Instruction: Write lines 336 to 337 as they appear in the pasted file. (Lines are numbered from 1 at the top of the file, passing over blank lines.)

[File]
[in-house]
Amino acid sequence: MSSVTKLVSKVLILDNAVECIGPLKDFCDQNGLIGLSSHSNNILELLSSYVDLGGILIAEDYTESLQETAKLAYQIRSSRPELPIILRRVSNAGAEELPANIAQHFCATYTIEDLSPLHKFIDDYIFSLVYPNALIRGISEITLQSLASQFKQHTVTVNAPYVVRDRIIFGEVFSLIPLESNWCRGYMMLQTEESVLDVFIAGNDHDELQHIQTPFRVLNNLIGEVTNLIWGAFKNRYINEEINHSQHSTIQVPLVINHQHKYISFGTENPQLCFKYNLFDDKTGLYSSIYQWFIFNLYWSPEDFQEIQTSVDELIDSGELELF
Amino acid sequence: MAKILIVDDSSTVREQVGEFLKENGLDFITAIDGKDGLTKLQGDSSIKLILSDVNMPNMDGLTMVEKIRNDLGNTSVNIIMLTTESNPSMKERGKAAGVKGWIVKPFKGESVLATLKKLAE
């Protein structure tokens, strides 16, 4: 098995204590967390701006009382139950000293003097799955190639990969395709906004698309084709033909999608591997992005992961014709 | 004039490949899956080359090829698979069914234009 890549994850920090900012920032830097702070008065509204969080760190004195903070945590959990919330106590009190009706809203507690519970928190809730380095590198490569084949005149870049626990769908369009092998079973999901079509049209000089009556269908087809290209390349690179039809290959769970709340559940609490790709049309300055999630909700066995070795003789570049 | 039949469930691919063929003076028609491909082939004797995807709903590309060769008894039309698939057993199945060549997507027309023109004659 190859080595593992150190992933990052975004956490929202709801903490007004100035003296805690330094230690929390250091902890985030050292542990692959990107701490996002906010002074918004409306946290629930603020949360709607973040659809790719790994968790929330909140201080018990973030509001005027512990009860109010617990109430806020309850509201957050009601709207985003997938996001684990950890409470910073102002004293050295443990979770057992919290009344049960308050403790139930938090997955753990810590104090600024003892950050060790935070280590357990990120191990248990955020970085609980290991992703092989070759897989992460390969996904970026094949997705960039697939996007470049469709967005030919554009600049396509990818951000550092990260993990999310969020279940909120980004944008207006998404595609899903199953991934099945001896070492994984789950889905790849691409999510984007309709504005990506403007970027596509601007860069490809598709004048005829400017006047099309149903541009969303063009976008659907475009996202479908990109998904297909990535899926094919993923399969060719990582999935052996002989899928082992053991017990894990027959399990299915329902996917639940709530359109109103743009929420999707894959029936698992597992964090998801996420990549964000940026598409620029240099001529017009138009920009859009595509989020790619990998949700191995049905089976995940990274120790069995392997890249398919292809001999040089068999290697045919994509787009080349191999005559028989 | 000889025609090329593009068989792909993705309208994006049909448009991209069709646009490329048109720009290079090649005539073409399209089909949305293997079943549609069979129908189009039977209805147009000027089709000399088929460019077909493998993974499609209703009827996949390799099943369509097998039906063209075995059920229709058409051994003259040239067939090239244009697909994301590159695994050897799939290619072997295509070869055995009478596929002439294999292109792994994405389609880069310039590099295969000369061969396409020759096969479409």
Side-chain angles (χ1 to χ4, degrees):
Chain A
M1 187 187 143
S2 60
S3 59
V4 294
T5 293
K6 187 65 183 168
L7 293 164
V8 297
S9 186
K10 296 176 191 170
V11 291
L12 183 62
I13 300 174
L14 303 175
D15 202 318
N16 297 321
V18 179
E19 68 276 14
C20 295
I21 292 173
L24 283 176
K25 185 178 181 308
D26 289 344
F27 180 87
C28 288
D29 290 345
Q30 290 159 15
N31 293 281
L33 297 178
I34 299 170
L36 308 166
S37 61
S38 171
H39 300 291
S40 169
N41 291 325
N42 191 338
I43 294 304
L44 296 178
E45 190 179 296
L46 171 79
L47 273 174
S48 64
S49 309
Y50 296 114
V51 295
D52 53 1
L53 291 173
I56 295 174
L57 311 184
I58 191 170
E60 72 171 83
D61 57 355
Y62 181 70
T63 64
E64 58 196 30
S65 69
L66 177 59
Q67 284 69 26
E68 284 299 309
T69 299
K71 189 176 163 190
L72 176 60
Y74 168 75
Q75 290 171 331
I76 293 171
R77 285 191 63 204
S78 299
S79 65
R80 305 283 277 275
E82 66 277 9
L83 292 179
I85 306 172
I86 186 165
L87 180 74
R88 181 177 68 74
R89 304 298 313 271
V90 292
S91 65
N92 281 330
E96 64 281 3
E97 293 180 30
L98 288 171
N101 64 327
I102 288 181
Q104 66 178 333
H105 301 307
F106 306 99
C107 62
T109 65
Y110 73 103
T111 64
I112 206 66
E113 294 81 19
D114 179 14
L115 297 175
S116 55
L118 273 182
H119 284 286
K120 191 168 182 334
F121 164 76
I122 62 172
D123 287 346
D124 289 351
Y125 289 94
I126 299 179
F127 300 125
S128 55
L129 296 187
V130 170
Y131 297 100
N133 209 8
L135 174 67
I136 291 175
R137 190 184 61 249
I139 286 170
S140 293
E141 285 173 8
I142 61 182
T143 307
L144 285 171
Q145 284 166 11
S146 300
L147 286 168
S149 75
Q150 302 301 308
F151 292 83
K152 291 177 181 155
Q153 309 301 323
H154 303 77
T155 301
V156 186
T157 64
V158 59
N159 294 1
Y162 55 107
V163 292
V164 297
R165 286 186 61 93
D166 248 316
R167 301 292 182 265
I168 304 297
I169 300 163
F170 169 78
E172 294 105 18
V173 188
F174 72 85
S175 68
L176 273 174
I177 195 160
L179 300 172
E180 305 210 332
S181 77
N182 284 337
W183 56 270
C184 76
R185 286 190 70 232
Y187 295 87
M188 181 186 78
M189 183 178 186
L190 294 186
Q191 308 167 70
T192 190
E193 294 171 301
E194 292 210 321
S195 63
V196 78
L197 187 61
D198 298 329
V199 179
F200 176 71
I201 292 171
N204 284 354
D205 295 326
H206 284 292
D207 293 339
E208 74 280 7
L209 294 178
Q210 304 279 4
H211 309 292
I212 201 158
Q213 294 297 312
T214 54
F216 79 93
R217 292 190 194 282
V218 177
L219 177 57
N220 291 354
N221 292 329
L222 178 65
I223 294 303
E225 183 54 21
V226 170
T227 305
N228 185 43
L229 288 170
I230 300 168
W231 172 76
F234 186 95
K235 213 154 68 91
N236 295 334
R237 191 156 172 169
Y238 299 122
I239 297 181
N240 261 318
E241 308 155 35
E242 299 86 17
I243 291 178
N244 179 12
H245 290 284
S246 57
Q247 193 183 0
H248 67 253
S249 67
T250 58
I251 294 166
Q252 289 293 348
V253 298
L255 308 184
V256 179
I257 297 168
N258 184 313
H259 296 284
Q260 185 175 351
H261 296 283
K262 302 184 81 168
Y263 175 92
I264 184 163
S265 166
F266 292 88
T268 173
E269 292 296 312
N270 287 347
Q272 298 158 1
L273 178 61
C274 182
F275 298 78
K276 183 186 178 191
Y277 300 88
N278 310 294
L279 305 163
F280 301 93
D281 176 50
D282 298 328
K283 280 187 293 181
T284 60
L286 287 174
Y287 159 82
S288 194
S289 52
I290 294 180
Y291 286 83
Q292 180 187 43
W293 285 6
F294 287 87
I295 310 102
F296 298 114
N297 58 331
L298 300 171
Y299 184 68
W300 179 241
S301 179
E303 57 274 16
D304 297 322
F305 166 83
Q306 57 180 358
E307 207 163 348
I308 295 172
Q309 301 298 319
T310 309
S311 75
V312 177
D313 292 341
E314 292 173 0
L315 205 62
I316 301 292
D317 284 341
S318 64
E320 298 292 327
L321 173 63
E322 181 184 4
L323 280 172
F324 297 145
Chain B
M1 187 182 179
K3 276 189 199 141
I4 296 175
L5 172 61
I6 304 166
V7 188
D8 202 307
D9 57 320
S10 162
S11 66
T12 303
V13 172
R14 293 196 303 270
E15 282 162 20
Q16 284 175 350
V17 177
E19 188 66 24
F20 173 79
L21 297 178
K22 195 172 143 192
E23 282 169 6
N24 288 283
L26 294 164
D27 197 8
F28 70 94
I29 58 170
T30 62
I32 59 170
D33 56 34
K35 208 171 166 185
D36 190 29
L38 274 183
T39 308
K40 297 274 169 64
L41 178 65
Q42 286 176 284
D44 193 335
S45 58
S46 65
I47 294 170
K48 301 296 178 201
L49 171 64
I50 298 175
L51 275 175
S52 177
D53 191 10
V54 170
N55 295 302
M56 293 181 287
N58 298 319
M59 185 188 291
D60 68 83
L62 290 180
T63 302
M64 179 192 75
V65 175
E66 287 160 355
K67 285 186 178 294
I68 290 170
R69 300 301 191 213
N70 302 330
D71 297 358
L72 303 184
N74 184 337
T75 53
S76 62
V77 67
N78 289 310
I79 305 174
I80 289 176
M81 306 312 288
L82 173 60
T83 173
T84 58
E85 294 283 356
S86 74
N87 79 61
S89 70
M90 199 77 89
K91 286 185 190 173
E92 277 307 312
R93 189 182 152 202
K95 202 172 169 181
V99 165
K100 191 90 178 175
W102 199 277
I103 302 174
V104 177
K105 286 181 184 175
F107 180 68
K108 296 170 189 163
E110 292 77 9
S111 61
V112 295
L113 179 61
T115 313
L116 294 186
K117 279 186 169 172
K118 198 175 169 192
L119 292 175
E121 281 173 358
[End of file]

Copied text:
D53 191 10
V54 170